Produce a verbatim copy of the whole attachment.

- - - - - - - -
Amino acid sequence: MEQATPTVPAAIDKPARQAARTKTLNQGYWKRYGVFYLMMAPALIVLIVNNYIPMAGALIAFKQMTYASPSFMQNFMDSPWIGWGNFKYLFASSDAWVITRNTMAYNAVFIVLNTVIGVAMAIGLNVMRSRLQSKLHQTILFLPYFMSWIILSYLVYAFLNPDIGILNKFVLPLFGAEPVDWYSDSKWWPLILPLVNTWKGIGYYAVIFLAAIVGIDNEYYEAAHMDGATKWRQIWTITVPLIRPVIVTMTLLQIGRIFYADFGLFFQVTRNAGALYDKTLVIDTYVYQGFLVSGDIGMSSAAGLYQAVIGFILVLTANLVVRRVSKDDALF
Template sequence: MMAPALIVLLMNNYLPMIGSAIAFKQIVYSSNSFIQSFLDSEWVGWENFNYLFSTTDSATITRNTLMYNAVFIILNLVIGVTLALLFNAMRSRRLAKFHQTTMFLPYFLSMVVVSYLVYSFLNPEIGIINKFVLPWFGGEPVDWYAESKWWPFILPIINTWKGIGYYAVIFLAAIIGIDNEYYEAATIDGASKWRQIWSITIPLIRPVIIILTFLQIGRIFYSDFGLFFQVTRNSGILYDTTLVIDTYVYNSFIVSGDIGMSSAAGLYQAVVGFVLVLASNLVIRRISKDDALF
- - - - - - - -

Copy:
Amino acid sequence: MEQATPTVPAAIDKPARQAARTKTLNQGYWKRYGVFYLMMAPALIVLIVNNYIPMAGALIAFKQMTYASPSFMQNFMDSPWIGWGNFKYLFASSDAWVITRNTMAYNAVFIVLNTVIGVAMAIGLNVMRSRLQSKLHQTILFLPYFMSWIILSYLVYAFLNPDIGILNKFVLPLFGAEPVDWYSDSKWWPLILPLVNTWKGIGYYAVIFLAAIVGIDNEYYEAAHMDGATKWRQIWTITVPLIRPVIVTMTLLQIGRIFYADFGLFFQVTRNAGALYDKTLVIDTYVYQGFLVSGDIGMSSAAGLYQAVIGFILVLTANLVVRRVSKDDALF
Template sequence: MMAPALIVLLMNNYLPMIGSAIAFKQIVYSSNSFIQSFLDSEWVGWENFNYLFSTTDSATITRNTLMYNAVFIILNLVIGVTLALLFNAMRSRRLAKFHQTTMFLPYFLSMVVVSYLVYSFLNPEIGIINKFVLPWFGGEPVDWYAESKWWPFILPIINTWKGIGYYAVIFLAAIIGIDNEYYEAATIDGASKWRQIWSITIPLIRPVIIILTFLQIGRIFYSDFGLFFQVTRNSGILYDTTLVIDTYVYNSFIVSGDIGMSSAAGLYQAVVGFVLVLASNLVIRRISKDDALF